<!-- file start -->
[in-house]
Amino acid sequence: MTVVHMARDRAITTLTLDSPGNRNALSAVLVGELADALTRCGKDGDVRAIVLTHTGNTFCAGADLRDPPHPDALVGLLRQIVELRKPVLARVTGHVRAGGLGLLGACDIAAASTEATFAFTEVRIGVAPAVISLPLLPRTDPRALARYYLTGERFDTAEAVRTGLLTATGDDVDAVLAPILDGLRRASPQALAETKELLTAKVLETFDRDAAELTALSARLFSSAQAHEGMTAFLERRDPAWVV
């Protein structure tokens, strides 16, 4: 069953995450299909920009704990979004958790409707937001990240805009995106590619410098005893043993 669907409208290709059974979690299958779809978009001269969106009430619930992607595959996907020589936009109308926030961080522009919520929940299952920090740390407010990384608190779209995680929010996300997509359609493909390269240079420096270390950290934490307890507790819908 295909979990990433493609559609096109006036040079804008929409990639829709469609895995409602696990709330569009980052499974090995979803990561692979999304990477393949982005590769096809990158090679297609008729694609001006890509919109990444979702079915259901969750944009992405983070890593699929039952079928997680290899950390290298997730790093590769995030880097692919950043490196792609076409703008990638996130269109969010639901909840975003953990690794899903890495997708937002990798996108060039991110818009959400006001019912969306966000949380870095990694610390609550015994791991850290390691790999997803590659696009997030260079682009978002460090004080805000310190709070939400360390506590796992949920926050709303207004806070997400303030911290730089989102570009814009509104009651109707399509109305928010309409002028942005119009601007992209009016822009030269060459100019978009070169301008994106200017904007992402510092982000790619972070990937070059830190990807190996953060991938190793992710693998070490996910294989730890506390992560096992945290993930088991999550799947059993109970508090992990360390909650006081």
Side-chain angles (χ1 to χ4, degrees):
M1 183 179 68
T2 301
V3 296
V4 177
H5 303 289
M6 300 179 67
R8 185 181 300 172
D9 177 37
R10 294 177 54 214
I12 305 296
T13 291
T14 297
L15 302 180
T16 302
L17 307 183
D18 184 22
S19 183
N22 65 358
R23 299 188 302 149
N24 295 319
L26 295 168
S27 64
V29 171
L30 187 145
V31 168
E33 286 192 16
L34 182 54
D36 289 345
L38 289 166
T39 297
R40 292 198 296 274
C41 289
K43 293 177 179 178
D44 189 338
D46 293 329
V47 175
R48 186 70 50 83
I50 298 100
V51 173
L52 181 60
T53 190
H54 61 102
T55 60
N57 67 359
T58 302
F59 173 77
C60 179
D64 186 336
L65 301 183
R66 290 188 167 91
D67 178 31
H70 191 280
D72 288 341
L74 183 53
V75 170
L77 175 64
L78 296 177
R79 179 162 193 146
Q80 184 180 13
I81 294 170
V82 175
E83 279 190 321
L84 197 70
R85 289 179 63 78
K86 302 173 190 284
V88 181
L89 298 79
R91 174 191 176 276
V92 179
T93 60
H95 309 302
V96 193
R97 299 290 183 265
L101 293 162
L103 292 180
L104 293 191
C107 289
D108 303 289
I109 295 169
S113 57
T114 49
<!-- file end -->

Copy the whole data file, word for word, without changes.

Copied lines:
[in-house]
Amino acid sequence: MTVVHMARDRAITTLTLDSPGNRNALSAVLVGELADALTRCGKDGDVRAIVLTHTGNTFCAGADLRDPPHPDALVGLLRQIVELRKPVLARVTGHVRAGGLGLLGACDIAAASTEATFAFTEVRIGVAPAVISLPLLPRTDPRALARYYLTGERFDTAEAVRTGLLTATGDDVDAVLAPILDGLRRASPQALAETKELLTAKVLETFDRDAAELTALSARLFSSAQAHEGMTAFLERRDPAWVV
């Protein structure tokens, strides 16, 4: 069953995450299909920009704990979004958790409707937001990240805009995106590619410098005893043993 669907409208290709059974979690299958779809978009001269969106009430619930992607595959996907020589936009109308926030961080522009919520929940299952920090740390407010990384608190779209995680929010996300997509359609493909390269240079420096270390950290934490307890507790819908 295909979990990433493609559609096109006036040079804008929409990639829709469609895995409602696990709330569009980052499974090995979803990561692979999304990477393949982005590769096809990158090679297609008729694609001006890509919109990444979702079915259901969750944009992405983070890593699929039952079928997680290899950390290298997730790093590769995030880097692919950043490196792609076409703008990638996130269109969010639901909840975003953990690794899903890495997708937002990798996108060039991110818009959400006001019912969306966000949380870095990694610390609550015994791991850290390691790999997803590659696009997030260079682009978002460090004080805000310190709070939400360390506590796992949920926050709303207004806070997400303030911290730089989102570009814009509104009651109707399509109305928010309409002028942005119009601007992209009016822009030269060459100019978009070169301008994106200017904007992402510092982000790619972070990937070059830190990807190996953060991938190793992710693998070490996910294989730890506390992560096992945290993930088991999550799947059993109970508090992990360390909650006081």
Side-chain angles (χ1 to χ4, degrees):
M1 183 179 68
T2 301
V3 296
V4 177
H5 303 289
M6 300 179 67
R8 185 181 300 172
D9 177 37
R10 294 177 54 214
I12 305 296
T13 291
T14 297
L15 302 180
T16 302
L17 307 183
D18 184 22
S19 183
N22 65 358
R23 299 188 302 149
N24 295 319
L26 295 168
S27 64
V29 171
L30 187 145
V31 168
E33 286 192 16
L34 182 54
D36 289 345
L38 289 166
T39 297
R40 292 198 296 274
C41 289
K43 293 177 179 178
D44 189 338
D46 293 329
V47 175
R48 186 70 50 83
I50 298 100
V51 173
L52 181 60
T53 190
H54 61 102
T55 60
N57 67 359
T58 302
F59 173 77
C60 179
D64 186 336
L65 301 183
R66 290 188 167 91
D67 178 31
H70 191 280
D72 288 341
L74 183 53
V75 170
L77 175 64
L78 296 177
R79 179 162 193 146
Q80 184 180 13
I81 294 170
V82 175
E83 279 190 321
L84 197 70
R85 289 179 63 78
K86 302 173 190 284
V88 181
L89 298 79
R91 174 191 176 276
V92 179
T93 60
H95 309 302
V96 193
R97 299 290 183 265
L101 293 162
L103 292 180
L104 293 191
C107 289
D108 303 289
I109 295 169
S113 57
T114 49